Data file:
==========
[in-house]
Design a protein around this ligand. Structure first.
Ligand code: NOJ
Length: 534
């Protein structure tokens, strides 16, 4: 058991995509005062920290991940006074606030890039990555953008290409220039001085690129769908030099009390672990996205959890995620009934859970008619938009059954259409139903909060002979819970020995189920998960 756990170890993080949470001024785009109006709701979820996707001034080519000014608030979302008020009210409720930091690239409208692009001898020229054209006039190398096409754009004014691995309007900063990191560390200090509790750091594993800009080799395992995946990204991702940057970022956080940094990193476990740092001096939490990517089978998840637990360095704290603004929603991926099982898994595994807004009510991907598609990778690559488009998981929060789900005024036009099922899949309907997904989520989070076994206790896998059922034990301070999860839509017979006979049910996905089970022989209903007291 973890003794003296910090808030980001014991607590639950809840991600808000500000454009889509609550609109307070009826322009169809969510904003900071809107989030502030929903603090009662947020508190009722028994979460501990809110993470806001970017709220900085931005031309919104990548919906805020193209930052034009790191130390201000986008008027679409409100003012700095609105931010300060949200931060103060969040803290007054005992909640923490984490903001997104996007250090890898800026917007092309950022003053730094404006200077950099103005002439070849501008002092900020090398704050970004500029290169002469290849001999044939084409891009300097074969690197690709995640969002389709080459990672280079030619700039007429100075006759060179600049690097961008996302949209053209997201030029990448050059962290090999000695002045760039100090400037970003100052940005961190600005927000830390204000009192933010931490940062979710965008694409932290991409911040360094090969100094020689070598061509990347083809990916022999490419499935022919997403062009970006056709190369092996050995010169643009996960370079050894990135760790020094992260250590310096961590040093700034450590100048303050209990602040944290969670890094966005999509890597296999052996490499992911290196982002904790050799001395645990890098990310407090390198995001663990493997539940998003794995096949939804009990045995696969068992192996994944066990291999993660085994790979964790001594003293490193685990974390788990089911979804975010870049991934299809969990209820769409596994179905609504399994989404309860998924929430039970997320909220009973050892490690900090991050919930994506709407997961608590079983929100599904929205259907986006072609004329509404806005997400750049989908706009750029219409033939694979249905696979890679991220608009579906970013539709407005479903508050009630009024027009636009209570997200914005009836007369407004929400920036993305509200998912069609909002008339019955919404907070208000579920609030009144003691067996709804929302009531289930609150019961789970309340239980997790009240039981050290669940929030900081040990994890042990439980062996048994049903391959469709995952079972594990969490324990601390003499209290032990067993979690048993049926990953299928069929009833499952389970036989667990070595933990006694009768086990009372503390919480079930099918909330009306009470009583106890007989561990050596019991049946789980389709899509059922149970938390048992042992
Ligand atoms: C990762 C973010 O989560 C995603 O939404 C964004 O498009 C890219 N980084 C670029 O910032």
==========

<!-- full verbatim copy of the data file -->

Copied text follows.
[in-house]
Design a protein around this ligand. Structure first.
Ligand code: NOJ
Length: 534
């Protein structure tokens, strides 16, 4: 058991995509005062920290991940006074606030890039990555953008290409220039001085690129769908030099009390672990996205959890995620009934859970008619938009059954259409139903909060002979819970020995189920998960 756990170890993080949470001024785009109006709701979820996707001034080519000014608030979302008020009210409720930091690239409208692009001898020229054209006039190398096409754009004014691995309007900063990191560390200090509790750091594993800009080799395992995946990204991702940057970022956080940094990193476990740092001096939490990517089978998840637990360095704290603004929603991926099982898994595994807004009510991907598609990778690559488009998981929060789900005024036009099922899949309907997904989520989070076994206790896998059922034990301070999860839509017979006979049910996905089970022989209903007291 973890003794003296910090808030980001014991607590639950809840991600808000500000454009889509609550609109307070009826322009169809969510904003900071809107989030502030929903603090009662947020508190009722028994979460501990809110993470806001970017709220900085931005031309919104990548919906805020193209930052034009790191130390201000986008008027679409409100003012700095609105931010300060949200931060103060969040803290007054005992909640923490984490903001997104996007250090890898800026917007092309950022003053730094404006200077950099103005002439070849501008002092900020090398704050970004500029290169002469290849001999044939084409891009300097074969690197690709995640969002389709080459990672280079030619700039007429100075006759060179600049690097961008996302949209053209997201030029990448050059962290090999000695002045760039100090400037970003100052940005961190600005927000830390204000009192933010931490940062979710965008694409932290991409911040360094090969100094020689070598061509990347083809990916022999490419499935022919997403062009970006056709190369092996050995010169643009996960370079050894990135760790020094992260250590310096961590040093700034450590100048303050209990602040944290969670890094966005999509890597296999052996490499992911290196982002904790050799001395645990890098990310407090390198995001663990493997539940998003794995096949939804009990045995696969068992192996994944066990291999993660085994790979964790001594003293490193685990974390788990089911979804975010870049991934299809969990209820769409596994179905609504399994989404309860998924929430039970997320909220009973050892490690900090991050919930994506709407997961608590079983929100599904929205259907986006072609004329509404806005997400750049989908706009750029219409033939694979249905696979890679991220608009579906970013539709407005479903508050009630009024027009636009209570997200914005009836007369407004929400920036993305509200998912069609909002008339019955919404907070208000579920609030009144003691067996709804929302009531289930609150019961789970309340239980997790009240039981050290669940929030900081040990994890042990439980062996048994049903391959469709995952079972594990969490324990601390003499209290032990067993979690048993049926990953299928069929009833499952389970036989667990070595933990006694009768086990009372503390919480079930099918909330009306009470009583106890007989561990050596019991049946789980389709899509059922149970938390048992042992
Ligand atoms: C990762 C973010 O989560 C995603 O939404 C964004 O498009 C890219 N980084 C670029 O910032």